If you're looking for the Minnesota Organization on Fetal Alcohol Syndrome (MOFAS) you have come to the right place. We have some exciting news about our organization. We have a new name! MOFAS has officially been renamed Proof Alliance. Our mission remains the same: to prevent prenatal alcohol exposure and to improve the quality of life for people living with fetal alcohol spectrum disorders (FASD).
We now have the proof that prenatal alcohol exposure is a leading cause of brain injury in children. We have the proof that FASD is 100% preventable and people living with an FASD can reach 100% of their potential.
We seek to build powerful alliances with people with an FASD, their families, legislators, experts in the field, new partners, and community members to bring awareness, research, and services to this field.
Proof Alliance is rebranding, expanding, and we're moving! We have a new logo, website, and prevention campaign to help change the norms around drinking during pregnancy. And in May 2019 we will be moving to a stand-alone building. Proof Alliance commits to the people of Minnesota and we will continue to develop transformative programs to help Minnesotans impacted by FASD.
MOFAS is unique in that we have a dual mission. One half of the mission is to prevent disability caused by prenatal alcohol exposure; the other half is to improve the quality of life for people with a fetal alcohol spectrum disorder (FASD). In our 2017 annual report, you’ll see highlights from our programs and activities, all of which seek to have the maximum impact on individuals and families on both sides of our mission.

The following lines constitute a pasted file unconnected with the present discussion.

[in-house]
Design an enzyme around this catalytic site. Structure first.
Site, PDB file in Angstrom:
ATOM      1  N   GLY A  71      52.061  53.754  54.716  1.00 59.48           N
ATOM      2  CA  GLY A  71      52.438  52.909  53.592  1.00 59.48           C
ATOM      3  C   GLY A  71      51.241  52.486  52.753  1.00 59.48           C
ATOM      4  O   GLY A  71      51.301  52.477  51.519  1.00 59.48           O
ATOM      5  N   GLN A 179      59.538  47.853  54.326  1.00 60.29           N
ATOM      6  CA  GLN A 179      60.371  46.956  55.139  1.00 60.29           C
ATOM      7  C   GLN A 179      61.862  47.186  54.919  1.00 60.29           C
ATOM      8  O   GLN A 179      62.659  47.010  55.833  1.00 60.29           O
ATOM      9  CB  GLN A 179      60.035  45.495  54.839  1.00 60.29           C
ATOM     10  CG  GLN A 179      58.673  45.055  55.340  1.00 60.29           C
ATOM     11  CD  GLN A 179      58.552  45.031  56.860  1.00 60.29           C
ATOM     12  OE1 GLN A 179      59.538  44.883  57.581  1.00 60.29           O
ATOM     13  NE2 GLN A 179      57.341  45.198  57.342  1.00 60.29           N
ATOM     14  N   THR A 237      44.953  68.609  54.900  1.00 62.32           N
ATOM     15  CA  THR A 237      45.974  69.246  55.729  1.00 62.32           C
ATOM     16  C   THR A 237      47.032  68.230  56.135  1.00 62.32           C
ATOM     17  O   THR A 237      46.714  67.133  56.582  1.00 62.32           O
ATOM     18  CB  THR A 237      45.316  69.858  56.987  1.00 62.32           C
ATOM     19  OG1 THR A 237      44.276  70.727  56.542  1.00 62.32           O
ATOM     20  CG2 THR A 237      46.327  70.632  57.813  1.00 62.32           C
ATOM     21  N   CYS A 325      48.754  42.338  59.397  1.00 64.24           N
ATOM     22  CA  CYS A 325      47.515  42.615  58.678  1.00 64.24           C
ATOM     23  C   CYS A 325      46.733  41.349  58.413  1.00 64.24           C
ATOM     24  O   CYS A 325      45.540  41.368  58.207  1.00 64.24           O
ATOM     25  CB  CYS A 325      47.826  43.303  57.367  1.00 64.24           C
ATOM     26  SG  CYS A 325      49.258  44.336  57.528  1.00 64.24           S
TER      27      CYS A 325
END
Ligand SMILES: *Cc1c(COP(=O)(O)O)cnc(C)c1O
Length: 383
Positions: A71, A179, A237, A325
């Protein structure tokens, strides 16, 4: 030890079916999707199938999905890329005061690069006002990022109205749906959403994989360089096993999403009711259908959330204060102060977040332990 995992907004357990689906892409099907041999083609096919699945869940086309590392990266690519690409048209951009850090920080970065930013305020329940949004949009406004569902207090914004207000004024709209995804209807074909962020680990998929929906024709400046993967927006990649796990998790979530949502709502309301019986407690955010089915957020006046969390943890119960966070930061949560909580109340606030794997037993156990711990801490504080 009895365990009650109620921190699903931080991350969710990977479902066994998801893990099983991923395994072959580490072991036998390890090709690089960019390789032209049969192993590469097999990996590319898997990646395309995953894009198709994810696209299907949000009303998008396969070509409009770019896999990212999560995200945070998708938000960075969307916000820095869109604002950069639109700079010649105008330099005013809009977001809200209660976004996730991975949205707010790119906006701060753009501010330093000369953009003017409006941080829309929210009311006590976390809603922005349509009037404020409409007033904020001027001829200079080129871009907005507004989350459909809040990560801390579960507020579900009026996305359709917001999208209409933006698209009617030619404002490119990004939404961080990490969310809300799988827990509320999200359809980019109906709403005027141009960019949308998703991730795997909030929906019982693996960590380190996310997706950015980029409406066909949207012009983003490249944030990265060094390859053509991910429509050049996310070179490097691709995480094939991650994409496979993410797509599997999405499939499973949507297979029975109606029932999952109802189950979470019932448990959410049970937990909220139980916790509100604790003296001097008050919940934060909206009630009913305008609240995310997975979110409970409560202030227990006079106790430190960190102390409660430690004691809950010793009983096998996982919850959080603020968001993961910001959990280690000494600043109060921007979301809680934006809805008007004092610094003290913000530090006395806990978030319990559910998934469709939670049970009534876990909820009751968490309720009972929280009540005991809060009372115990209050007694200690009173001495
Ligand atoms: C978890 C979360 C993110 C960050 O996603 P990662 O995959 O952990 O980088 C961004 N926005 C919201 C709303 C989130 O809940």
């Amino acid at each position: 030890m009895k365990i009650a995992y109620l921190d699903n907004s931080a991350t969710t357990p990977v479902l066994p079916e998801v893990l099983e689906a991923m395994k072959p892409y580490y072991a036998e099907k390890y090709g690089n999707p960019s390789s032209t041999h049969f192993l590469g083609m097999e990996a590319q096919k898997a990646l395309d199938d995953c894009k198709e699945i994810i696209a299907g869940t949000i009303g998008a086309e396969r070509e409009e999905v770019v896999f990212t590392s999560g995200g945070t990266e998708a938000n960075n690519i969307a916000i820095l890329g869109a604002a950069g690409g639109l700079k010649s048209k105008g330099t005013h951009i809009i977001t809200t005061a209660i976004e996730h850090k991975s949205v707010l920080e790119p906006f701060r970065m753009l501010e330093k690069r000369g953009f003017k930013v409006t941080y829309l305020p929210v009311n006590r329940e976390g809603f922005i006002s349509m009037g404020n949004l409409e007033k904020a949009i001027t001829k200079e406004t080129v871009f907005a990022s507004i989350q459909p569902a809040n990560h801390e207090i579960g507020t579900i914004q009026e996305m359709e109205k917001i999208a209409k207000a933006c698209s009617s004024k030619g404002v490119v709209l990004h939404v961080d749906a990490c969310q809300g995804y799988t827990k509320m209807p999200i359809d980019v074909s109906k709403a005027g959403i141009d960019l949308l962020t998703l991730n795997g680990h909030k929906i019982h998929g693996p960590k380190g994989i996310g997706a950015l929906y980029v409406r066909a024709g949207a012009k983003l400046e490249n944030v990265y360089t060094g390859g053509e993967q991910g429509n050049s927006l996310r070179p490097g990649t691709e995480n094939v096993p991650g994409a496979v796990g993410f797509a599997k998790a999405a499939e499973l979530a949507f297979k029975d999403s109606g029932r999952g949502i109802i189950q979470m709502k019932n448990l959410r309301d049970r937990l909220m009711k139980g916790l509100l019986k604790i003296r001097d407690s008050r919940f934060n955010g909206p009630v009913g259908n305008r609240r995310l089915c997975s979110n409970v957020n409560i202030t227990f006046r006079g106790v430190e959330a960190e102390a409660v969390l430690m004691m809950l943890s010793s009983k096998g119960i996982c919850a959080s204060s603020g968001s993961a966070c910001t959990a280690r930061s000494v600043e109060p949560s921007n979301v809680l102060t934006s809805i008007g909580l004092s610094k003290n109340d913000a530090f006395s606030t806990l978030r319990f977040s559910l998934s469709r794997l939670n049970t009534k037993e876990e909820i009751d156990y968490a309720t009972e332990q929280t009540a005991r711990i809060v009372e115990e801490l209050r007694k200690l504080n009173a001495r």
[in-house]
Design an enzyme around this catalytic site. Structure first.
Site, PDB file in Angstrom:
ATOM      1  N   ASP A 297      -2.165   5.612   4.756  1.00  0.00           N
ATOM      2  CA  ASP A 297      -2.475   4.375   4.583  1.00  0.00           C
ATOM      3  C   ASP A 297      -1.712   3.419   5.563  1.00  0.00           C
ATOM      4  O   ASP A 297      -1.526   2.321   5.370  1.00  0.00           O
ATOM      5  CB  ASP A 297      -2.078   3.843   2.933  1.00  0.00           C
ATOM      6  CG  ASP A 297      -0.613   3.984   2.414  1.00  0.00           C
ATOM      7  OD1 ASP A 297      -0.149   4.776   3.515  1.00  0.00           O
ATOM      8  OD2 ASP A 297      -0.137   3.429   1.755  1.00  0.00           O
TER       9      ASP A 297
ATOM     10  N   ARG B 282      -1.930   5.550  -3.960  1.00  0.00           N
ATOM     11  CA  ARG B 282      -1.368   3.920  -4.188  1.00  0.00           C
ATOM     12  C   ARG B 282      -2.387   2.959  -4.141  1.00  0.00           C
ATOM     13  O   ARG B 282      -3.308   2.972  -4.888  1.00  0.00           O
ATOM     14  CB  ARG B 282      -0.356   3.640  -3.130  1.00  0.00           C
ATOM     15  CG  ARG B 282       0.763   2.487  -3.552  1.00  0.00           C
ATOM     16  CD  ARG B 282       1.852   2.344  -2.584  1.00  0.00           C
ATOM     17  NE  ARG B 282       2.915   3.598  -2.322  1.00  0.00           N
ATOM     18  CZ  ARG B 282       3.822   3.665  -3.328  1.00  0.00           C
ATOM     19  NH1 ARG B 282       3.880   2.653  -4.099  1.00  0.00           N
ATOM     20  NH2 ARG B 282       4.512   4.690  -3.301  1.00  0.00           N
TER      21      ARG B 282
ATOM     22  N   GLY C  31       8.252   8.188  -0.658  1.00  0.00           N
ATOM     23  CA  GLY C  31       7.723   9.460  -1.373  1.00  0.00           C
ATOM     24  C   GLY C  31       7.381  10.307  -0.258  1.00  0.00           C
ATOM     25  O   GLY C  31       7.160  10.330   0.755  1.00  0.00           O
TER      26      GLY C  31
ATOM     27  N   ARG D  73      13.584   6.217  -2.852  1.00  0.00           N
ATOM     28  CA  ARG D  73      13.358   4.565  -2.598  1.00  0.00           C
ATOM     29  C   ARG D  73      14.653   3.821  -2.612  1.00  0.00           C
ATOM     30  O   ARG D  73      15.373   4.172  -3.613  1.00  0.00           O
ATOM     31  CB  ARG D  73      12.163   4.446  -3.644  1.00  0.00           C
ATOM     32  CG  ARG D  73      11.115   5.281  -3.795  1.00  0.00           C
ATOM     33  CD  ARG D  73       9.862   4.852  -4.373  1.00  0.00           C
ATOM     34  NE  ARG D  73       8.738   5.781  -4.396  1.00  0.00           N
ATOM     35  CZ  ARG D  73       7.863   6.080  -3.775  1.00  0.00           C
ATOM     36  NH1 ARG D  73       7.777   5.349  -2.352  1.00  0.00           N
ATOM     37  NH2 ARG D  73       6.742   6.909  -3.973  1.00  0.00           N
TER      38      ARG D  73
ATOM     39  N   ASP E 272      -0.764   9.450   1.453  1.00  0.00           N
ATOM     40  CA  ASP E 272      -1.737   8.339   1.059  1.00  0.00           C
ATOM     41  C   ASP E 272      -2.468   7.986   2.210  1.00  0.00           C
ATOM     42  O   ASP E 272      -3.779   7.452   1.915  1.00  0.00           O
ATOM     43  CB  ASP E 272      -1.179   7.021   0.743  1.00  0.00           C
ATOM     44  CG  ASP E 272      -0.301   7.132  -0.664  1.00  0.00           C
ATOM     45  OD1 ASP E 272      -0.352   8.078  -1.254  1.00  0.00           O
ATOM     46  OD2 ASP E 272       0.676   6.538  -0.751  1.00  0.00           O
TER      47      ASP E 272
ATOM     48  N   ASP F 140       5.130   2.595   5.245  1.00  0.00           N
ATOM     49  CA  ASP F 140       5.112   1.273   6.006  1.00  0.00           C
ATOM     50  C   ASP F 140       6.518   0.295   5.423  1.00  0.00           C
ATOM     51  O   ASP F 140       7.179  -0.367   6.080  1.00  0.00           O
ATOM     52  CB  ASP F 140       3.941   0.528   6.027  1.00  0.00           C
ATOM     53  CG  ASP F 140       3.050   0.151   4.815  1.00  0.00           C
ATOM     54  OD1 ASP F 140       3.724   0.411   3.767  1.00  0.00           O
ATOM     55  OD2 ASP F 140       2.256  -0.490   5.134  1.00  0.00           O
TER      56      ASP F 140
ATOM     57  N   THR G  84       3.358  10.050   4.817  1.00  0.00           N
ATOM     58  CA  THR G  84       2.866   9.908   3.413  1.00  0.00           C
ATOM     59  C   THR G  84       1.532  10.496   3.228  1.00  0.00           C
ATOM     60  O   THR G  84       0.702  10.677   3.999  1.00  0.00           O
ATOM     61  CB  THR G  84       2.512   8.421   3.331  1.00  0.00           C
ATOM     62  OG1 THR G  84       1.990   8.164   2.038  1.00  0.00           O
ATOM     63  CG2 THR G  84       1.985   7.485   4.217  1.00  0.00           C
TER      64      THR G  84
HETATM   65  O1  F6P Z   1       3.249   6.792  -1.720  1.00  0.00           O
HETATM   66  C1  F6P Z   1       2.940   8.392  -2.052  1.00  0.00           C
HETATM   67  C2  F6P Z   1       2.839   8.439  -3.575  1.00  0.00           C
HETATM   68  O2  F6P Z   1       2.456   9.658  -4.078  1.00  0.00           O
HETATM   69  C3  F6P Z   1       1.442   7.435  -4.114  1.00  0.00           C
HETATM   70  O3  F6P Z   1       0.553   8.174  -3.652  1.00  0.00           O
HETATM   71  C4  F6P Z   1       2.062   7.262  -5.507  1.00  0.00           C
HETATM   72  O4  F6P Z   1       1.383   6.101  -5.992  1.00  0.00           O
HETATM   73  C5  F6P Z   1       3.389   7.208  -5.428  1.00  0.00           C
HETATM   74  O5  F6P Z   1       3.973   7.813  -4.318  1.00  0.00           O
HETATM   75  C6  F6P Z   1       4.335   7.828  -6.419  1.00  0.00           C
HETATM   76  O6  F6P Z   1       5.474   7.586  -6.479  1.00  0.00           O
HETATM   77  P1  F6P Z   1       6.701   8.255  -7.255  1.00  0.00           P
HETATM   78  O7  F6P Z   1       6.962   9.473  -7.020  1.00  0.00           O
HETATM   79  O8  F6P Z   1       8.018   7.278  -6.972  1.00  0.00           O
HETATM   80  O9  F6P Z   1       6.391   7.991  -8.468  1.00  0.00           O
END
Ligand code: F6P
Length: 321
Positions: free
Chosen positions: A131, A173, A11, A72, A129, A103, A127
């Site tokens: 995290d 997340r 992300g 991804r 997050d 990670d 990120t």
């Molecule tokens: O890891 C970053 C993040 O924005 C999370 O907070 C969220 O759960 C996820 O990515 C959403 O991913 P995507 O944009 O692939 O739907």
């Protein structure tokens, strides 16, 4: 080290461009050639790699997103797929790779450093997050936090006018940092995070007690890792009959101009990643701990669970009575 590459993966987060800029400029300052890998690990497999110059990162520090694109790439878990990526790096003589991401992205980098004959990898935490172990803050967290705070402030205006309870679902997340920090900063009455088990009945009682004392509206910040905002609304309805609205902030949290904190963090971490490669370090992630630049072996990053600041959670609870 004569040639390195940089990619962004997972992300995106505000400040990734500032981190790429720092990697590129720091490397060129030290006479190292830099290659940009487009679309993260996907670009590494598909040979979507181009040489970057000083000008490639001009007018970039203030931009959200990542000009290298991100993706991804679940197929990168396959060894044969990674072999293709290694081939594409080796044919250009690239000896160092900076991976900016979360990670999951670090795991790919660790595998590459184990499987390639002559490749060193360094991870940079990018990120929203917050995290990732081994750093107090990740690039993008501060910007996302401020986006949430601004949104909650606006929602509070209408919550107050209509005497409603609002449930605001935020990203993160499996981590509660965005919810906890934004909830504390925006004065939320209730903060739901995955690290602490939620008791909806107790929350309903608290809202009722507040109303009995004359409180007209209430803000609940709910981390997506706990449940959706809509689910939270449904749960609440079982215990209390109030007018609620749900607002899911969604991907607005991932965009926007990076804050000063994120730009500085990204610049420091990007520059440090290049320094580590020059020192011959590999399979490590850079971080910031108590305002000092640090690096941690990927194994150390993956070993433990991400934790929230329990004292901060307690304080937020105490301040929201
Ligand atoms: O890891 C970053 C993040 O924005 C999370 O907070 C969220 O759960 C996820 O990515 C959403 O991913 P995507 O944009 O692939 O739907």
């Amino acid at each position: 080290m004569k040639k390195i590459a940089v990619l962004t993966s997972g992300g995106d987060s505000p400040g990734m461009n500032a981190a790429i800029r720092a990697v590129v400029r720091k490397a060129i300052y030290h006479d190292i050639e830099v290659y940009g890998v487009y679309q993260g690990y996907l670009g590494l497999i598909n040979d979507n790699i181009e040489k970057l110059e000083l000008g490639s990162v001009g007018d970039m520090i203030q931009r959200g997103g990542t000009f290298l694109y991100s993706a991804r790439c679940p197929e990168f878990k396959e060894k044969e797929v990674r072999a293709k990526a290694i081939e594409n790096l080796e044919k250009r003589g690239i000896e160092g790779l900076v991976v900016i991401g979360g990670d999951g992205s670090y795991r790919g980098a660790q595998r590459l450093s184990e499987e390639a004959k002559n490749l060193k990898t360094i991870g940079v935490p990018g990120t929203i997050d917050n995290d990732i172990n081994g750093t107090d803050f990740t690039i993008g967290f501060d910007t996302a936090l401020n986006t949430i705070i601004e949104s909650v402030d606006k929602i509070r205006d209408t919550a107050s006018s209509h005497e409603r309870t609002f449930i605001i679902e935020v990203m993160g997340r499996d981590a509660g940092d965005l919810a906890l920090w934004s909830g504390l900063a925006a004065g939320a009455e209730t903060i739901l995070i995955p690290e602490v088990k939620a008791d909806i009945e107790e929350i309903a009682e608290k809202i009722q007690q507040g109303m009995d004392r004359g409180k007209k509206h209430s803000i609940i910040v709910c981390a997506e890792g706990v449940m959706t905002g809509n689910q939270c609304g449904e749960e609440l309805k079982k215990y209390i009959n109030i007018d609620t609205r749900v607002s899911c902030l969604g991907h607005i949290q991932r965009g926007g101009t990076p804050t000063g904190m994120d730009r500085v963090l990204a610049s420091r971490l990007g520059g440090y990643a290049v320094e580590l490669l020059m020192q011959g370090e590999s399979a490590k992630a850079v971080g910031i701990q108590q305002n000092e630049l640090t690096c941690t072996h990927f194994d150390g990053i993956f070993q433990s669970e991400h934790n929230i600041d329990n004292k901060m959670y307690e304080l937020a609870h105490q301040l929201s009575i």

This year I especially want to highlight one program that’s near and dear to my heart: Family-Centered Long-Term Recovery Supports. It’s a startlingly effective FASD prevention strategy for people who need more than public health information in order to have an alcohol-free pregnancy. In one 3.5-year period, this program served 298 women at an average cost of $2,467 per family for the entire 3.5 years, or $705 per family per year. Only four babies were born with prenatal substance exposure during that period. The program works by supporting women with a history of substance use disorders who are pregnant or parenting young children by leveraging existing community resources. I invite you to read further to see the huge impact this and all of our other programs and activities had in Minnesota in 2017.
I’ll wrap up by noting that, as we round the corner to our 20th anniversary in 2018, I feel especially deep gratitude toward our volunteers and supporters. You’re our partners in bringing about the accomplishments we name in this report. Thank you so much for all you do both for and with this incredible organization. We couldn’t do all that we do without you.
Sara Messelt, executive director